Abstract / Synopsis:
What happens when your patient uses cannabinoid compounds for pain, especially if there are currently taking opioids? Just in time for Pain Awareness Month, the results from these new studies provide insights and guidance.
As legalization and interest in cannabinoids for pain have increased, physicians and researchers alike are curious and concerned about their use and their safety. Three new studies shine some light on the acceptance of cannabinoid compounds for treating pain, potential unintended consequences, and best practices to protect your patient.
Examining public opinions, attitudes
To help address the question of patients’ knowledge about and attitudes toward CBD, the American Society of Anesthesiologists (ASA) commissioned a nationwide study. They found that 75% of respondents who expressed interest in using marijuana or cannabinoids for pain management were under the impression these compounds were safer or had fewer adverse effects than opioids and other medications.1
The survey also found that 58% of respondents believed marijuana and cannabinoid agents have fewer adverse effects than other prescription medications. Specifically, 62% of respondents thought marijuana and cannabinoids were safer than opioids, and 57% of respondents believed those agents had fewer adverse effects than other prescription medications. Perhaps most disturbing was that almost half (40%) of the respondents believed that CBD sold at grocery stores, truck stops, health food stores, or medical marijuana dispensaries were approved by the US Food and Drug Administration.
While millennials were most likely to have a favorable view of marijuana and cannabinoids, there was interest across all age groups and demographics. Approximately three-quarters of millennials surveyed said they would consider using marijuana or cannabinoid compounds (CBD or THC) to address pain.
In comparison, about two-thirds of baby boomers and Gen-Xers expressed interest in using the compounds to manage pain. Millennials also reported use at a higher rate, with 37% reporting use of these agents for pain. Meanwhile, 25% and 18% of Gen-X and baby boomer respondents, respectively, reported use. Paradoxically, only 13% of those surveyed said they were interested in or used marijuana/cannabinoids because they found other pain management therapies were ineffective.
Mixing CBD and opioids
To better understand the impact of CBD on opioid use, Rogers and colleagues2 looked at a sample of 450 adults between the ages of 18 to 64 with moderate to severe pain within the previous four weeks.2 The participants had chronic pain that persisted for at least three months and were taking opioid medications for the pain. Over a third of participants (39%) reported cannabis use within the previous three months. The majority of the participants were Caucasian (77.8%), and nearly half (40.4%) had achieved an Associate’s degree or higher.
The researchers found that concurrent opioid and cannabis use was related to significantly greater mental health issues as well as risk for substance abuse. Specifically, for those using cannabis, the prevalence of anxiety and depression were increased significantly (estimated marginal mean of 2.33 versus 1.56 and 2.50 versus 1.80, respectively. Similarly, those who were using were more likely to misuse opioids as well as use tobacco, alcohol, cocaine, and sedatives. The authors did not find any significant difference in terms of pain intensity or disability between the cannabis-using and non-using participants.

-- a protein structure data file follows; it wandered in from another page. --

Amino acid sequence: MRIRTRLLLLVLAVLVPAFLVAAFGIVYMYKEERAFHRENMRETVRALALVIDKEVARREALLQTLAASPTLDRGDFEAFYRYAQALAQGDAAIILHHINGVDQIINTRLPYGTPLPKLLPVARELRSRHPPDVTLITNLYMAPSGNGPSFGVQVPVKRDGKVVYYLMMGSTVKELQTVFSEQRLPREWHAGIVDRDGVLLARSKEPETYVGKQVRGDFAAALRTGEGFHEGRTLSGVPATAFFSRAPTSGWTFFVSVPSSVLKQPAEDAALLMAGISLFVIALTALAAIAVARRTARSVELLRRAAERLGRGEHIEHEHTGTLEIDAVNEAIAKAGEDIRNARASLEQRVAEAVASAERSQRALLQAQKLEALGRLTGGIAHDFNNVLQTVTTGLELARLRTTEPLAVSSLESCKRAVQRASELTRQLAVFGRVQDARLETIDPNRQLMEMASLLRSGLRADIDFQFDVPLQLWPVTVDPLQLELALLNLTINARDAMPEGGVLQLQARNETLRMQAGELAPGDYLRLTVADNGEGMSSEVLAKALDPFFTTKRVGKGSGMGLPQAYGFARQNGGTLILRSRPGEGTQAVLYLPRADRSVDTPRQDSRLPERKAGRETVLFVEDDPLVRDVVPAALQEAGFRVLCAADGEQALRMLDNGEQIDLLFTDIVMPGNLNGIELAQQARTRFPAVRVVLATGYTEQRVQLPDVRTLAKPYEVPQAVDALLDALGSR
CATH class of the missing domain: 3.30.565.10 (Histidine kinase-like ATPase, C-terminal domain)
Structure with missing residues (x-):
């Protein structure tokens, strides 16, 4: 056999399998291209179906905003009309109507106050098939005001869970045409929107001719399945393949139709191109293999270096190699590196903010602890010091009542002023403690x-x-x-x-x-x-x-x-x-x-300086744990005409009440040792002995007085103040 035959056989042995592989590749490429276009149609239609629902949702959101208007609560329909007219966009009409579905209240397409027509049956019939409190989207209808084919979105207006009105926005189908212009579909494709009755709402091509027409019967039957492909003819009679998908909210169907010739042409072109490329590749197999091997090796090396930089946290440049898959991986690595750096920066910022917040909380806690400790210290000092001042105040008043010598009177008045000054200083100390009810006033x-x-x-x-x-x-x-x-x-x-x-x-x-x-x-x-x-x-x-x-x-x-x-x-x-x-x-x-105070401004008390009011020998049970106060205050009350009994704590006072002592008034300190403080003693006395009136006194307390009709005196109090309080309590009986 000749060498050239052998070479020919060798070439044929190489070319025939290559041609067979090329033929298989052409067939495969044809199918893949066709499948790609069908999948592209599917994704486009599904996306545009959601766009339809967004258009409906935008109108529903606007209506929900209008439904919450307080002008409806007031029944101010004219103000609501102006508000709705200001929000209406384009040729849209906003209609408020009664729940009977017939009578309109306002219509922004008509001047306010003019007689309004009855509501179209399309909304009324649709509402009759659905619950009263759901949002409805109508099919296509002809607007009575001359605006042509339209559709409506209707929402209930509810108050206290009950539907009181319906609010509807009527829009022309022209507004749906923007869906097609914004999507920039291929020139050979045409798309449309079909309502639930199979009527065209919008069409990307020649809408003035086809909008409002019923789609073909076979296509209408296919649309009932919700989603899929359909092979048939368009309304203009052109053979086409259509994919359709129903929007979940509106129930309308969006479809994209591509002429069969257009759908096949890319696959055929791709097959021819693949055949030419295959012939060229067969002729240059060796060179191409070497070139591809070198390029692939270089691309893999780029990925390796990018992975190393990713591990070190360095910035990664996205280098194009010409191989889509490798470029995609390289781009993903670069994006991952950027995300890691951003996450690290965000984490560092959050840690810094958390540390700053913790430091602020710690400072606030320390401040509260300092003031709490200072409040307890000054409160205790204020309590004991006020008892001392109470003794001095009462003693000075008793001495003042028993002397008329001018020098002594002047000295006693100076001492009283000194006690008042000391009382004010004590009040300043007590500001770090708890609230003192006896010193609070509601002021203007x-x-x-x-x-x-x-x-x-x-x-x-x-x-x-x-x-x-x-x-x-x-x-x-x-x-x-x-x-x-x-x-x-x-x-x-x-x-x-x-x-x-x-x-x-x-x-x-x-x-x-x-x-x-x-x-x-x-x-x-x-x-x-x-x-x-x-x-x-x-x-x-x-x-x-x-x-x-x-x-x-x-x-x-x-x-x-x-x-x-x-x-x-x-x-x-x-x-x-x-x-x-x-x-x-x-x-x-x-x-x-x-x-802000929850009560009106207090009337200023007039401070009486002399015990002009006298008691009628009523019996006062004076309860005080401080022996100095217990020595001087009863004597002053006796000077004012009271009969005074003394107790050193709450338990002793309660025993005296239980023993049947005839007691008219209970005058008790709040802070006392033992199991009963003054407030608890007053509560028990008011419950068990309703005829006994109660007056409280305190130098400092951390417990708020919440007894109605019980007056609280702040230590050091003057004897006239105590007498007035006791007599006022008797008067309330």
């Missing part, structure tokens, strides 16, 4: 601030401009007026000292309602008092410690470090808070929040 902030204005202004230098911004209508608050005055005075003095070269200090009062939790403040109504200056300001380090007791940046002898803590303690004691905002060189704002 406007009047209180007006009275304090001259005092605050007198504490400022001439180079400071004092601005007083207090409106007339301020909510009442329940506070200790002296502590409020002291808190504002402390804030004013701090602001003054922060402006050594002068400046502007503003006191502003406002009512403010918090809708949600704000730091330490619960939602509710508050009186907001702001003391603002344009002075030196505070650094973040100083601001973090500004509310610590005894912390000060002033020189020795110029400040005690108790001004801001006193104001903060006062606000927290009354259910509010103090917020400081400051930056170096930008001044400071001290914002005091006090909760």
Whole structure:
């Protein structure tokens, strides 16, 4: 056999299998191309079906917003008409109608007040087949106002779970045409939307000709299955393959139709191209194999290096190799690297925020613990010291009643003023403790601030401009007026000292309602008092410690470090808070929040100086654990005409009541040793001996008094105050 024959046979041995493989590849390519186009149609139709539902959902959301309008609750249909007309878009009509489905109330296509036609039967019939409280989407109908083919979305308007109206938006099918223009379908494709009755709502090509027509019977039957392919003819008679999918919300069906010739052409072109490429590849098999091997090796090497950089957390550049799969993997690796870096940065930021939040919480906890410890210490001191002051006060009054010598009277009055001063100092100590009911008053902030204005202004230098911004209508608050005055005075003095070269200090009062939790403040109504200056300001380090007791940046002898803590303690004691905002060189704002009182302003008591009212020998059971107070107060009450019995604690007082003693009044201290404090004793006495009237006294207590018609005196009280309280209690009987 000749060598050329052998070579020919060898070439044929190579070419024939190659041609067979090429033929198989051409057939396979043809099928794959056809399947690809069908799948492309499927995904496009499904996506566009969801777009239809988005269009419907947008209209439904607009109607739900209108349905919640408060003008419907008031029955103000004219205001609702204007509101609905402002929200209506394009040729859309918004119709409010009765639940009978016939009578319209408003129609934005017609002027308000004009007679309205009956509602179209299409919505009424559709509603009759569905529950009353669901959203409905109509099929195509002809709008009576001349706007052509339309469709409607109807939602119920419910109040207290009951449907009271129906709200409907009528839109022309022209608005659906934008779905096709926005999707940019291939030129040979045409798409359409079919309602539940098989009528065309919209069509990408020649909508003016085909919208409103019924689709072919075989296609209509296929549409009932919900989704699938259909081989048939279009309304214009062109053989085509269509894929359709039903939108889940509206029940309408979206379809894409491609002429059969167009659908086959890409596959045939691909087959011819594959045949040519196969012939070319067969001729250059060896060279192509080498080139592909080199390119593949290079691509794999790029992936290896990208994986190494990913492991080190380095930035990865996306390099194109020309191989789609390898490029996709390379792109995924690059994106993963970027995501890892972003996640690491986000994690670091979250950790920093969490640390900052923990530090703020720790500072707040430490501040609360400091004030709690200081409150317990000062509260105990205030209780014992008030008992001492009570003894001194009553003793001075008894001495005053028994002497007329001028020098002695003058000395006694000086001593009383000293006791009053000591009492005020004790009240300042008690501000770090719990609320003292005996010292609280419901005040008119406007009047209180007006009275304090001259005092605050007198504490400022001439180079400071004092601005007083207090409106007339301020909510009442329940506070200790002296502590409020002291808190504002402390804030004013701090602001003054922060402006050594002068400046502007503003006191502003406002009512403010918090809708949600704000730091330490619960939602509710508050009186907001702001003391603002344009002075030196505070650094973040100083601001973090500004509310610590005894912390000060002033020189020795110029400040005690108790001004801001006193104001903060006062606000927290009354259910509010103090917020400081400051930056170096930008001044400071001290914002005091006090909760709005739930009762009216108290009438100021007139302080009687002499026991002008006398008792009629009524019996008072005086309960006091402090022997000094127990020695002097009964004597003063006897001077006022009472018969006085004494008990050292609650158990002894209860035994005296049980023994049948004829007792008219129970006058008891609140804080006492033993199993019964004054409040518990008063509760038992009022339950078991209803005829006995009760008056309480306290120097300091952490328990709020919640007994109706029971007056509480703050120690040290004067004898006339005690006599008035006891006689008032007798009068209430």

“The results from this study suggest that cannabis use in the context of opioid use for chronic pain is associated with significantly worse mental health and substance use outcomes, and there may be particular clinical utility in focusing on cannabis use in this population,” the researchers noted. “For people reporting opioid and cannabis co-use, it may also be important to intervene on the cannabis use . . . and associated mental health/substance use problems prior to the initiation of opioids.”
What’s the bottom line?
Although many scientists and plenty of patients look to cannabis as a potential new wonder drug, there is still little research available in terms of its safety and efficacy, especially considering the wide variety of compounds that make up CBD products. To help clinicians better understand the issues, researchers at the Mayo Clinic are exploring the potential efficacy and purported safety profile of these products. In a piece published in Mayo Clinic Proceedings, VanDolah and colleagues3 reviewed potential therapeutic actions as well as safety concerns and adverse effects.
In addition to reviewing the science behind CBD, the researchers provide some guidance for clinicians to help their patients find quality products. For instance, they suggest that patients check that compounds are extracted by carbon dioxide with no solvents, like with other herbal supplements. They added: “Because of the unclear regulations in the United States as well as some of the noted problems with online product labeling, it is recommended that patients utilize products imported from Europe, which actually has even more stringent requirements for low THC levels at less than 0.2% dry weight compared with the US requirement of less than 0.3% dry weight as well as a more established regulatory system for hemp.”
“We encourage physicians to not disregard patients’ interest in these therapies and instead to retain clinical curiosity as well as healthy skepticism when it comes to attempts to explore new options, especially in the context of curbing addiction and opioid overuse,” they wrote. “Our hope is that this article will inspire physicians to continue to educate both patients and themselves about alternative therapies utilized by growing numbers of the public, with the example of CBD and hemp oils in particular as it continues to come to the forefront of public interest.”